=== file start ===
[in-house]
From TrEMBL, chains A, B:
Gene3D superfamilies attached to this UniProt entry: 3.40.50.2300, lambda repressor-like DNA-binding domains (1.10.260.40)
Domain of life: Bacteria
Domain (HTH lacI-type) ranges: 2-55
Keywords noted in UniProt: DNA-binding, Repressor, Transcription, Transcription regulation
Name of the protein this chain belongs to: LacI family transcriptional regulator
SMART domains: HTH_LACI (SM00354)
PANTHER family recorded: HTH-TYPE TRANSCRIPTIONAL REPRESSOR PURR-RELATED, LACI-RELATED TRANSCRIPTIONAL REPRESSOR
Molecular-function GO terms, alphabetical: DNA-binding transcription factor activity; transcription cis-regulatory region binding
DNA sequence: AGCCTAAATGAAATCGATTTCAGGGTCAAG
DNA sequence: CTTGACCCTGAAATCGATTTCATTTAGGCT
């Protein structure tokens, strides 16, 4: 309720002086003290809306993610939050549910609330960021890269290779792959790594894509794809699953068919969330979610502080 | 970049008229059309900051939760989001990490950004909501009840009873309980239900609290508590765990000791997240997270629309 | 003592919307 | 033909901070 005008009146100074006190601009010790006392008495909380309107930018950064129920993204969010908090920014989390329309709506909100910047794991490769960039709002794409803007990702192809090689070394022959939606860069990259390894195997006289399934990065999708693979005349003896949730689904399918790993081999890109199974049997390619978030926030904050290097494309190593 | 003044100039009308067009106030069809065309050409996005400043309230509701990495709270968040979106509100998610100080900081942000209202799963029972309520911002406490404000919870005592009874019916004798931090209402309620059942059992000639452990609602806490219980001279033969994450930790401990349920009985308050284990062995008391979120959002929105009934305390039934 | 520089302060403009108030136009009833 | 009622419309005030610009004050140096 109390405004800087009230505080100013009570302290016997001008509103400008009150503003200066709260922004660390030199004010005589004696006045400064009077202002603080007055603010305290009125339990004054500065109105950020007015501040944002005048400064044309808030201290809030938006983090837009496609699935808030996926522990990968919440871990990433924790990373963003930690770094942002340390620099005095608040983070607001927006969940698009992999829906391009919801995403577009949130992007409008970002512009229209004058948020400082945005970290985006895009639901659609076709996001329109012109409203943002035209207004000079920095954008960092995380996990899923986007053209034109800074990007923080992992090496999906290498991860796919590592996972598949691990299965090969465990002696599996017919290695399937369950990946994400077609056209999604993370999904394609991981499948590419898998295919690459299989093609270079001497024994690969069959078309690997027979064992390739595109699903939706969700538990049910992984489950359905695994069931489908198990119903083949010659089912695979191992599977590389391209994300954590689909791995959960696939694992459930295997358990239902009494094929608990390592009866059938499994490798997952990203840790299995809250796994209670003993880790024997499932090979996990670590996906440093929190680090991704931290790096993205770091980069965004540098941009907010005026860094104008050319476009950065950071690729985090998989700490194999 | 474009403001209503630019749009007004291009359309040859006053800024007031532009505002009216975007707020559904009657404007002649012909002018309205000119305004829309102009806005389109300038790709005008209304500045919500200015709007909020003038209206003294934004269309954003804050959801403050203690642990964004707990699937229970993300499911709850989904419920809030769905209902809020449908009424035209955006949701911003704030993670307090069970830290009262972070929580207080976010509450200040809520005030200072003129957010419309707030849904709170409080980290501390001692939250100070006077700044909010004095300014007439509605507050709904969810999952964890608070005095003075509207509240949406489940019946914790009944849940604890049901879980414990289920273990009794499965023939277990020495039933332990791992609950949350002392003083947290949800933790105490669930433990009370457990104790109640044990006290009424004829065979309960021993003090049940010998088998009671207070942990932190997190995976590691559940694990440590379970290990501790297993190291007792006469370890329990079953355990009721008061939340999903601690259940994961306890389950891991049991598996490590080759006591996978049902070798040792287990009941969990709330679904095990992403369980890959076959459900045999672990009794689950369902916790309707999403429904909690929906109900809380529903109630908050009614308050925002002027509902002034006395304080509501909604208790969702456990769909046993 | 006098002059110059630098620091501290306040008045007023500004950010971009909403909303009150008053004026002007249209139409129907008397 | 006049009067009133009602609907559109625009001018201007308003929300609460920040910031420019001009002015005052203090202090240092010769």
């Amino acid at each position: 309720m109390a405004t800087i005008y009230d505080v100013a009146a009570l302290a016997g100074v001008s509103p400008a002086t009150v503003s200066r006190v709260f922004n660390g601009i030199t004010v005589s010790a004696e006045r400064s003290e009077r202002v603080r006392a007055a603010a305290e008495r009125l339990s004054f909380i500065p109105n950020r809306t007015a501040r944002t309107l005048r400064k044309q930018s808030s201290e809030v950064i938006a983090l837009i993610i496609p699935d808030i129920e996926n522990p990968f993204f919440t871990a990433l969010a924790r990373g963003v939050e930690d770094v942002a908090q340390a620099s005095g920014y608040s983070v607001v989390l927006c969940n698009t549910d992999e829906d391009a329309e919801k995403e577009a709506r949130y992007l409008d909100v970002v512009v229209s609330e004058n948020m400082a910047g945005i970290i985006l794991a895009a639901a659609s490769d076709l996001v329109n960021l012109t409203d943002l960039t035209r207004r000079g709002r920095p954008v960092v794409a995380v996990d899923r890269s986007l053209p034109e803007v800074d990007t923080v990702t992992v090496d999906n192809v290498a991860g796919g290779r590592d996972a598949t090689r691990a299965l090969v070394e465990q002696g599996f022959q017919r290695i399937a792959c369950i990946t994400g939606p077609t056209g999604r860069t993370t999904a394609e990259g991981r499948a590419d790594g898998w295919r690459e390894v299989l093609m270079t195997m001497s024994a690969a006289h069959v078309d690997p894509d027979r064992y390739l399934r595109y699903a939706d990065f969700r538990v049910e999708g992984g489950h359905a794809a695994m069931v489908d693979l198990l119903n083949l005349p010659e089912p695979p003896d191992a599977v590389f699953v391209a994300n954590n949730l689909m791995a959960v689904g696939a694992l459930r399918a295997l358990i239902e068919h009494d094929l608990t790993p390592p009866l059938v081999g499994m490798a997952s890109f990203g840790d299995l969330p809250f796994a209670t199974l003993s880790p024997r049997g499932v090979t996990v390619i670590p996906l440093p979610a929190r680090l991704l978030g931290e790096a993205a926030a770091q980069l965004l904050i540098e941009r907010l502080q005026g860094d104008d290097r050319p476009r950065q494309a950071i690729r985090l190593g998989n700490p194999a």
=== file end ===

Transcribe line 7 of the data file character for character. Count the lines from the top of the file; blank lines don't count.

Name of the protein this chain belongs to: LacI family transcriptional regulator